In an article discussing the first quarter GDP data the NYT told readers that: "Economists are hopeful that families will continue to pick up the pace of purchasing and make the recovery more sustainable." Economists who know arithmetic (admittedly a tiny subset of economists as evidenced by the failure of almost the entire profession to see an $8 trillion housing bubble) are unlikely to share this perspective.

Tens of millions of baby boomers are at edge of retirement. Because of the collapse of the housing bubble and the resulting destruction of home equity, the vast majority of people in these cohorts has almost nothing saved for retirement. The median net worth for older baby boomers (people aged 55-64) is around $180,000. This means that if they took all their wealth (including their current home equity) they would  have approximately enough money to pay off the mortgage on the median home. This would leave them with absolutely nothing to support themselves in retirement other than their Social Security. The median net worth for younger baby boomers (people aged 45-54) is approximately $80,000.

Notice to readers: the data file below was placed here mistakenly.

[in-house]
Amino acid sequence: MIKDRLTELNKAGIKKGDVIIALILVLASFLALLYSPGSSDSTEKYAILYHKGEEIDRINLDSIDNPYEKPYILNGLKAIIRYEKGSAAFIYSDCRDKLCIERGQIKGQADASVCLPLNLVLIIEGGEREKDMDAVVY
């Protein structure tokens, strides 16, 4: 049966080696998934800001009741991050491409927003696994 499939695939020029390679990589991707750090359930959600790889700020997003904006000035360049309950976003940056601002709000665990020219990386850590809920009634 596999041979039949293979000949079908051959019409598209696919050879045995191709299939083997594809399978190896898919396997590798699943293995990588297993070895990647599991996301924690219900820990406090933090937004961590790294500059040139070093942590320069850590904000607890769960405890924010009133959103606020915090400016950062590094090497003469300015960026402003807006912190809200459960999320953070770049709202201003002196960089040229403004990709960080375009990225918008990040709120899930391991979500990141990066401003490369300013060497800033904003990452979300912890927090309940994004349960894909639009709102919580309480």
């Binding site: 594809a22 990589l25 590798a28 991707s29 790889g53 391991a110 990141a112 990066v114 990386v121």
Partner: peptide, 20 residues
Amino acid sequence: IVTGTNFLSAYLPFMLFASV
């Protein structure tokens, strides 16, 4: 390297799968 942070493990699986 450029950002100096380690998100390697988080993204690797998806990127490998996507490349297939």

The workers in these age cohorts desperately need to be saving more for retirement, especially in a context where the Peter Petersons and Robert Rubins of the world are devoting enormous resources to try to cut their Social Security and Medicare. For this reason, economists who know arithmetic are not hoping for a consumption led recovery. They are hoping that the government will take further measures to stimulate the economy. These measures could also boost private sector investment. Economists who know arithemtic are also hoping that the Obama administration will take steps to end the dollar's over-valuation, thereby leading to more net exports.

Unfortunately, because economic policy is dominated by economists who do not know arithmetic, we may be dependent on consumption to drive the recovery.